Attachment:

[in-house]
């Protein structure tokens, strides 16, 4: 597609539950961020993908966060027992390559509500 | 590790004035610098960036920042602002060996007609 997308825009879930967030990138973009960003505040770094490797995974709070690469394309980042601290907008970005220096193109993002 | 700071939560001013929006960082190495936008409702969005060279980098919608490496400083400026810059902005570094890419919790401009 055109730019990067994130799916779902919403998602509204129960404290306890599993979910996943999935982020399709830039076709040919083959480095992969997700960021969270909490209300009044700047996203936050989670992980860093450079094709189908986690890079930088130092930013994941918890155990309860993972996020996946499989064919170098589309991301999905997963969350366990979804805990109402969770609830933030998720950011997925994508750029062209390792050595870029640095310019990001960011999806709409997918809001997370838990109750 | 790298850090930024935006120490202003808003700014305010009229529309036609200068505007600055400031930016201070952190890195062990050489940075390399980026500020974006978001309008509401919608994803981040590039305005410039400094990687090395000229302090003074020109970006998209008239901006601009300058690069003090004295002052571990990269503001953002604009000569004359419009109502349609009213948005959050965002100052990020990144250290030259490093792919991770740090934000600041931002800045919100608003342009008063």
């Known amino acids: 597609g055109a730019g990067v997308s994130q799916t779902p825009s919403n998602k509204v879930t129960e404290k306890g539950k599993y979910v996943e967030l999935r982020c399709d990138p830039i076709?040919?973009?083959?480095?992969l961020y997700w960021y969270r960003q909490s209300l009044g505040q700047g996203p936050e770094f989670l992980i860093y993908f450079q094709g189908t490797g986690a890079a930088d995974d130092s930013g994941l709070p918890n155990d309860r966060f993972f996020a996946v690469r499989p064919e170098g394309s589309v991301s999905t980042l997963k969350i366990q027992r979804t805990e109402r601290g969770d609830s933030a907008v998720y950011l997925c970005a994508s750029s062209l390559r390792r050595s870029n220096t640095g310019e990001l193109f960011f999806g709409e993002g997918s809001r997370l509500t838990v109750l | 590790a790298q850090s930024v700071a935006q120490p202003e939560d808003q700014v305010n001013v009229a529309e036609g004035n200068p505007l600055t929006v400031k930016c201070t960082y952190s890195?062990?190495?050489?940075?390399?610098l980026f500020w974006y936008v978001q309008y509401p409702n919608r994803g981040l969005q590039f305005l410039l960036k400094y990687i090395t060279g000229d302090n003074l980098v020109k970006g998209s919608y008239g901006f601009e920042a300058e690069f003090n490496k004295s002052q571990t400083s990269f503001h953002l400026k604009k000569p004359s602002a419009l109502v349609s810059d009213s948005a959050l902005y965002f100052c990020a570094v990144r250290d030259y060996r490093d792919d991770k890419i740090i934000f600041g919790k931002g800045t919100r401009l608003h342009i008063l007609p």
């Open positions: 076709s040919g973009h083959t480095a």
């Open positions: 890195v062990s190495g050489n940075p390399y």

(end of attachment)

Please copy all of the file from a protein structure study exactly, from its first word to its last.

[in-house]
């Protein structure tokens, strides 16, 4: 597609539950961020993908966060027992390559509500 | 590790004035610098960036920042602002060996007609 997308825009879930967030990138973009960003505040770094490797995974709070690469394309980042601290907008970005220096193109993002 | 700071939560001013929006960082190495936008409702969005060279980098919608490496400083400026810059902005570094890419919790401009 055109730019990067994130799916779902919403998602509204129960404290306890599993979910996943999935982020399709830039076709040919083959480095992969997700960021969270909490209300009044700047996203936050989670992980860093450079094709189908986690890079930088130092930013994941918890155990309860993972996020996946499989064919170098589309991301999905997963969350366990979804805990109402969770609830933030998720950011997925994508750029062209390792050595870029640095310019990001960011999806709409997918809001997370838990109750 | 790298850090930024935006120490202003808003700014305010009229529309036609200068505007600055400031930016201070952190890195062990050489940075390399980026500020974006978001309008509401919608994803981040590039305005410039400094990687090395000229302090003074020109970006998209008239901006601009300058690069003090004295002052571990990269503001953002604009000569004359419009109502349609009213948005959050965002100052990020990144250290030259490093792919991770740090934000600041931002800045919100608003342009008063």
């Known amino acids: 597609g055109a730019g990067v997308s994130q799916t779902p825009s919403n998602k509204v879930t129960e404290k306890g539950k599993y979910v996943e967030l999935r982020c399709d990138p830039i076709?040919?973009?083959?480095?992969l961020y997700w960021y969270r960003q909490s209300l009044g505040q700047g996203p936050e770094f989670l992980i860093y993908f450079q094709g189908t490797g986690a890079a930088d995974d130092s930013g994941l709070p918890n155990d309860r966060f993972f996020a996946v690469r499989p064919e170098g394309s589309v991301s999905t980042l997963k969350i366990q027992r979804t805990e109402r601290g969770d609830s933030a907008v998720y950011l997925c970005a994508s750029s062209l390559r390792r050595s870029n220096t640095g310019e990001l193109f960011f999806g709409e993002g997918s809001r997370l509500t838990v109750l | 590790a790298q850090s930024v700071a935006q120490p202003e939560d808003q700014v305010n001013v009229a529309e036609g004035n200068p505007l600055t929006v400031k930016c201070t960082y952190s890195?062990?190495?050489?940075?390399?610098l980026f500020w974006y936008v978001q309008y509401p409702n919608r994803g981040l969005q590039f305005l410039l960036k400094y990687i090395t060279g000229d302090n003074l980098v020109k970006g998209s919608y008239g901006f601009e920042a300058e690069f003090n490496k004295s002052q571990t400083s990269f503001h953002l400026k604009k000569p004359s602002a419009l109502v349609s810059d009213s948005a959050l902005y965002f100052c990020a570094v990144r250290d030259y060996r490093d792919d991770k890419i740090i934000f600041g919790k931002g800045t919100r401009l608003h342009i008063l007609p």
């Open positions: 076709s040919g973009h083959t480095a």
């Open positions: 890195v062990s190495g050489n940075p390399y």